(203) 713-8877
Email Us
Mon - Fri 9:00am - 5:00pm - Other hours by appointment

The issue of lien priority confronts many different players in the real estate market; homebuyers, sellers, and lenders all have to know about priority.  A lien is best defined as a claim on a piece of property for payment of a debt.  If the debt is not paid, permits foreclosure on the property.  The foreclosure of a superior lien eliminates all inferior liens.  If a lien does manage to possibly survive foreclosure,it acts to reduce the sale price of the property.


Federal law establishes the priority of federal tax liens.  Many states use the Uniform Federal Lien Registration Act, which states that the priority of a federal income tax lien is set by the date the lien is properly filed of record.  Once the lien is recorded the established priority stays for ten years.  Refilling every ten years can renew the lien, without losing its initial priority.  Tax liens for federal gift and estate taxes are treated much differently.  Sometimes these liens are referred to as silent liens, which often attach at the death of a person.  Filing for gift and estate taxes is not required, but it is permitted.  There is no assessment or demand required, the lien will attach to all property included in the deceased or donor’s estate.

Those who hold prior recorded liens don’t have to worry about dropping priority to federal tax liens.  If there is a foreclosure, the prior recorded security interest will destroy a subordinate federal tax lien if the IRS district director has at least twenty-five days notice before foreclosure.  Giving the requisite notice doesn’t cancel the IRS’s interest.  The IRS has one hundred twenty days from the date of foreclosure to redeem the property by paying the sales price.  Also, taxpayers also have the right to redeem property following IRS foreclosure of a federal tax lien.

State tax liens are generally from unpaid taxes, particularly sales, excise, use, franchise, and inheritance taxes.  In order to establish priority, state tax liens that are filed against real property have to be filed in the clerk’s office where the property is located.  State tax liens and federal tax liens are different in a few ways.  The first way they are different is that all state tax liens must be recorded in order to establish priority.  Also, there are no silent tax liens.  Secondly, state tax liens only attach to a taxpayer’s nonexempt property, while federal tax liens attach to homestead property.  Also, no prior notice of a pending foreclosure on a superior lien needs to be given to destroy a state tax lien.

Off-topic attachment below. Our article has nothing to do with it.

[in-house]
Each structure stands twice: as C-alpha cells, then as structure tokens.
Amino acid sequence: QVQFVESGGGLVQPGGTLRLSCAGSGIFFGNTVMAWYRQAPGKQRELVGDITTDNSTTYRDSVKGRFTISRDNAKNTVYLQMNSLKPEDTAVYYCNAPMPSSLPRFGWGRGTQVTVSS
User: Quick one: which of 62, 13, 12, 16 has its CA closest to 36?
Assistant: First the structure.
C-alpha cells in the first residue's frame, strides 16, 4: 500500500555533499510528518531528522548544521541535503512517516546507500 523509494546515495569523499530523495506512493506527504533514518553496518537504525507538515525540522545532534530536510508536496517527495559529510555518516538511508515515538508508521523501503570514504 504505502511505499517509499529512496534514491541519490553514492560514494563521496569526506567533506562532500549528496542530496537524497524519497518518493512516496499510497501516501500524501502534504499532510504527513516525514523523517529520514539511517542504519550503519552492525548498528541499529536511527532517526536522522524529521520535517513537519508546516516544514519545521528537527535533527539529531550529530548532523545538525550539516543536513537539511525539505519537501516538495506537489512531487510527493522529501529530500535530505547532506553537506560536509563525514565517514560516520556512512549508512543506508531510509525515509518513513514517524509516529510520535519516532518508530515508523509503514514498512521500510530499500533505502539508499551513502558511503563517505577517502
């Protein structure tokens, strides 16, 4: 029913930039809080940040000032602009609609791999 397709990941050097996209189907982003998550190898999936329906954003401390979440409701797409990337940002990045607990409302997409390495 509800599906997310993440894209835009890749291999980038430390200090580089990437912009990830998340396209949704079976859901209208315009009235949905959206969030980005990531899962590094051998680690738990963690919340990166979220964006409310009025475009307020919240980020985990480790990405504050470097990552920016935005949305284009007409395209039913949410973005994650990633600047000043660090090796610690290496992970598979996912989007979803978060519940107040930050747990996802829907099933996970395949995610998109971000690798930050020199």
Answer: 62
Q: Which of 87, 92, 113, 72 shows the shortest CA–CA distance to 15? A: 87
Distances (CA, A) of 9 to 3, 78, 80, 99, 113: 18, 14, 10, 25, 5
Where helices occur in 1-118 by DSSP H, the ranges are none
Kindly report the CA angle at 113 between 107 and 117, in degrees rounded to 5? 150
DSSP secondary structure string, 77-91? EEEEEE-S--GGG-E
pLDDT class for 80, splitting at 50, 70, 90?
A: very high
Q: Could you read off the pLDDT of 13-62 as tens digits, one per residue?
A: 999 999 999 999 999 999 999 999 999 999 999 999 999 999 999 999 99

Property tax liens, every January 1st, attach to the taxable property each year.  There isn’t a requirement that the lien be filed.  Property tax liens are different from both federal and state tax liens in several respects.  The lien doesn’t attach to the actual taxpayer’s property, but rather the tract creating the delinquency.   Second, the lien automaticall or texty has superiority to all prior liens, including both state and federal.  If the property is foreclosed upon without an effort to notify the prior lienholder could potentially violate due process.

Assessments liens are based on assessments, which are levied against real property by governments to fund improvements on the land (i.e. road repair).  These types of liens usually attach when the assessment is made, but it could vary.

If you are facing a legal issue dealing with liens on your property, please contact a Connecticut Foreclosure Defense Attorney like me in order to find out your legal rights and various options as to best proceed in your case.  Call or Text my office at 203-713-8877 or click here.